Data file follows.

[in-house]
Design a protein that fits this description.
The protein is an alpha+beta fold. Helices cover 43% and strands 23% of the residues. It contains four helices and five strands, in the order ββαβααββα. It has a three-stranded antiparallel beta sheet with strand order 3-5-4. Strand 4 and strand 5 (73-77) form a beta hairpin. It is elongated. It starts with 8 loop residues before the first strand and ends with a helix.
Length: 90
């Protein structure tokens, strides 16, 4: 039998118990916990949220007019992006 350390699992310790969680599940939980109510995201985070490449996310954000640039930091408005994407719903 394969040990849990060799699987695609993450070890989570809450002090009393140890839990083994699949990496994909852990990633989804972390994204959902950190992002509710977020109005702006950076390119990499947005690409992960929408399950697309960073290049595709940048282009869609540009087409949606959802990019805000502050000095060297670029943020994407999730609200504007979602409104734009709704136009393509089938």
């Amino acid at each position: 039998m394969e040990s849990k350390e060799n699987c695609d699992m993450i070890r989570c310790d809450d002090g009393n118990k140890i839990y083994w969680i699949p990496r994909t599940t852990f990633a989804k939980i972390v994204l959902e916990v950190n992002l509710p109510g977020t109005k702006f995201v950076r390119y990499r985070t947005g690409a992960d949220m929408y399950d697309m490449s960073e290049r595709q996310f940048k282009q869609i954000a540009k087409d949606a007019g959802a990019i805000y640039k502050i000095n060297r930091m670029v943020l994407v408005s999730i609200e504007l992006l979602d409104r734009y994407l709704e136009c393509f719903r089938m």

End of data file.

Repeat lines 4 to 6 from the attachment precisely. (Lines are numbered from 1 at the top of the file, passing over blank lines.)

Length: 90
């Protein structure tokens, strides 16, 4: 039998118990916990949220007019992006 350390699992310790969680599940939980109510995201985070490449996310954000640039930091408005994407719903 394969040990849990060799699987695609993450070890989570809450002090009393140890839990083994699949990496994909852990990633989804972390994204959902950190992002509710977020109005702006950076390119990499947005690409992960929408399950697309960073290049595709940048282009869609540009087409949606959802990019805000502050000095060297670029943020994407999730609200504007979602409104734009709704136009393509089938």
């Amino acid at each position: 039998m394969e040990s849990k350390e060799n699987c695609d699992m993450i070890r989570c310790d809450d002090g009393n118990k140890i839990y083994w969680i699949p990496r994909t599940t852990f990633a989804k939980i972390v994204l959902e916990v950190n992002l509710p109510g977020t109005k702006f995201v950076r390119y990499r985070t947005g690409a992960d949220m929408y399950d697309m490449s960073e290049r595709q996310f940048k282009q869609i954000a540009k087409d949606a007019g959802a990019i805000y640039k502050i000095n060297r930091m670029v943020l994407v408005s999730i609200e504007l992006l979602d409104r734009y994407l709704e136009c393509f719903r089938m």